Talisman writers awarded for work


Writers at The Talisman, Hayes High School’s student newspaper, have been nationally recognized for their work several times this semester.

School Newspapers Online, which operates nearly 3,000 student newspapers internationally, recently awarded four writers from The Talisman with “Best of Student Newspaper Online” designations. The designation comes with placement in the “Best of” section of SNO’s website.

Noah Sparkman, a junior, was given an award for his review of Pixar’s “Soul,” as well as an award for an opinion story called “Disney’s persistent live-action remakes are a reflection of the viewer, not the producers.” Sparkman said he’s proud to have the pieces featured and awarded.

“They were two pieces that I had a lot of passion for, and I put a lot of effort into them, so the fact that they were recognized in the way they were did make me proud,” he said.

Sparkman added receiving the award was a learning experience, and it taught him to be passionate about his work.

“The biggest thing I learned from having them shared is that even though the field of journalism does feel pretty crowded, it is possible to break through,” Sparkman said. “Passion and effort can be seen in your work, and it will get recognized if you have both of them.”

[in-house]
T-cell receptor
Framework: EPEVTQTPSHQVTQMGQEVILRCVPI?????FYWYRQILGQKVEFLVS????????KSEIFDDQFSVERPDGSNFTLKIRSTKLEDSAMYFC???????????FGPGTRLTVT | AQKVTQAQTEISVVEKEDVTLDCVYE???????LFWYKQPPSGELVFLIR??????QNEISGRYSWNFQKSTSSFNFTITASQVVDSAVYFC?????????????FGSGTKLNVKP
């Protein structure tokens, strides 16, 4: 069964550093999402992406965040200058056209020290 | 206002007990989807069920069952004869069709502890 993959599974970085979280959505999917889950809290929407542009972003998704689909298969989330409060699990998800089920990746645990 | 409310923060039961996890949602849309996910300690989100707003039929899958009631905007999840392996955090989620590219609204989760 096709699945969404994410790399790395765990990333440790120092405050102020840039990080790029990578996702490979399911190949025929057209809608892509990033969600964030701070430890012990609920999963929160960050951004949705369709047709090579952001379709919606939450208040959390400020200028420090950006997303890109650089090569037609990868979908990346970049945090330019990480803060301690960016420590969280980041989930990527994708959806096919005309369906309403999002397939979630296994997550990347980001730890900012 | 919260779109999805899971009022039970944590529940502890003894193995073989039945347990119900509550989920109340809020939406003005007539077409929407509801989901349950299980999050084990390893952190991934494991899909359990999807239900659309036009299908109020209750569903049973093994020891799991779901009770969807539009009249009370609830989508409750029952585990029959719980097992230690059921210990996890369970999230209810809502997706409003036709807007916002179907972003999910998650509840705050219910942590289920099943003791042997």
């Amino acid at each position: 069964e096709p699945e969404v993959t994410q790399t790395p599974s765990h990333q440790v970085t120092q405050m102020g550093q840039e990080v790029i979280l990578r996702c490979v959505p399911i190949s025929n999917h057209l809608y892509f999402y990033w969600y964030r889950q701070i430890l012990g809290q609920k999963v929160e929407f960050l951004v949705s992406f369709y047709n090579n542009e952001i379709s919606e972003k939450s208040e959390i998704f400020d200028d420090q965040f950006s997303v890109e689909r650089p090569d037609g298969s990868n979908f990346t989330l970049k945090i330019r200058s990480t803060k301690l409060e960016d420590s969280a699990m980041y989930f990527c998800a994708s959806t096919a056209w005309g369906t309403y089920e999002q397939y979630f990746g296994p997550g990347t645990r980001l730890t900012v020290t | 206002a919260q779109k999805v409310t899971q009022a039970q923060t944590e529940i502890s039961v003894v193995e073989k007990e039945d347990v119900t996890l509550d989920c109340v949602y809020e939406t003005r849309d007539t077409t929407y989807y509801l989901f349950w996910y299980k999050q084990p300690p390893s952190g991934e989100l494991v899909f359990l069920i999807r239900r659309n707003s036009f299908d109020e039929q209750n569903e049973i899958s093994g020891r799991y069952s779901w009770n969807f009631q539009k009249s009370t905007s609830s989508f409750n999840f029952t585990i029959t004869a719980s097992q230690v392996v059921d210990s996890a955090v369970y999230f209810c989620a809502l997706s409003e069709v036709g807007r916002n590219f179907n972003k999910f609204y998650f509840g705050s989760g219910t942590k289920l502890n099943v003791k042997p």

Sparkman said he’s thankful for the staff of The Talisman, who helped edit his pieces and provided “good little tips and ideas” to improve them.

“It’s super cool to me that I have a group of people around me who do that,” he said.

Amanda Stevens, a junior, was given an award for an article she wrote of the Sia film “Music,” wherein she criticized the filmmaker’s decision to cast an able-bodied actor to portray an autistic character. Stevens said she was surprised when the article was selected for an award.

“I was appalled to learn about how Sia behaved online in reaction to the autistic community’s criticism and read the various comments she made in interviews,” Stevens said. “I felt obligated to inform students about the controversy, but I didn’t feel like it was enough to simply tell people there was a problem; I needed people to understand why Sia’s decision was particularly problematic.”

Stevens said receiving the award was a rewarding experience because she had a piece not be chosen by SNO last semester.

Seniors Brynn McGrail and Andrew Bourget were honored for their feature about Willow Brook residents sharing holiday memories.

“I was overjoyed to have the Willow Brook story get a best of SNO award,” Bourget said. “I feel that me and Brynn’s work was able to make the residents in the stories feel heard, and that the readers were able to get insight into what the holidays were like in past years. Getting recognition for that is recognition of our writing but also of the importance of telling the stories of people who have so many to tell.”

Bourget said he enjoyed hearing stories from the residents and said hearing the stories made him realize “how much has changed in a relatively short period of time and to appreciate what is different now.”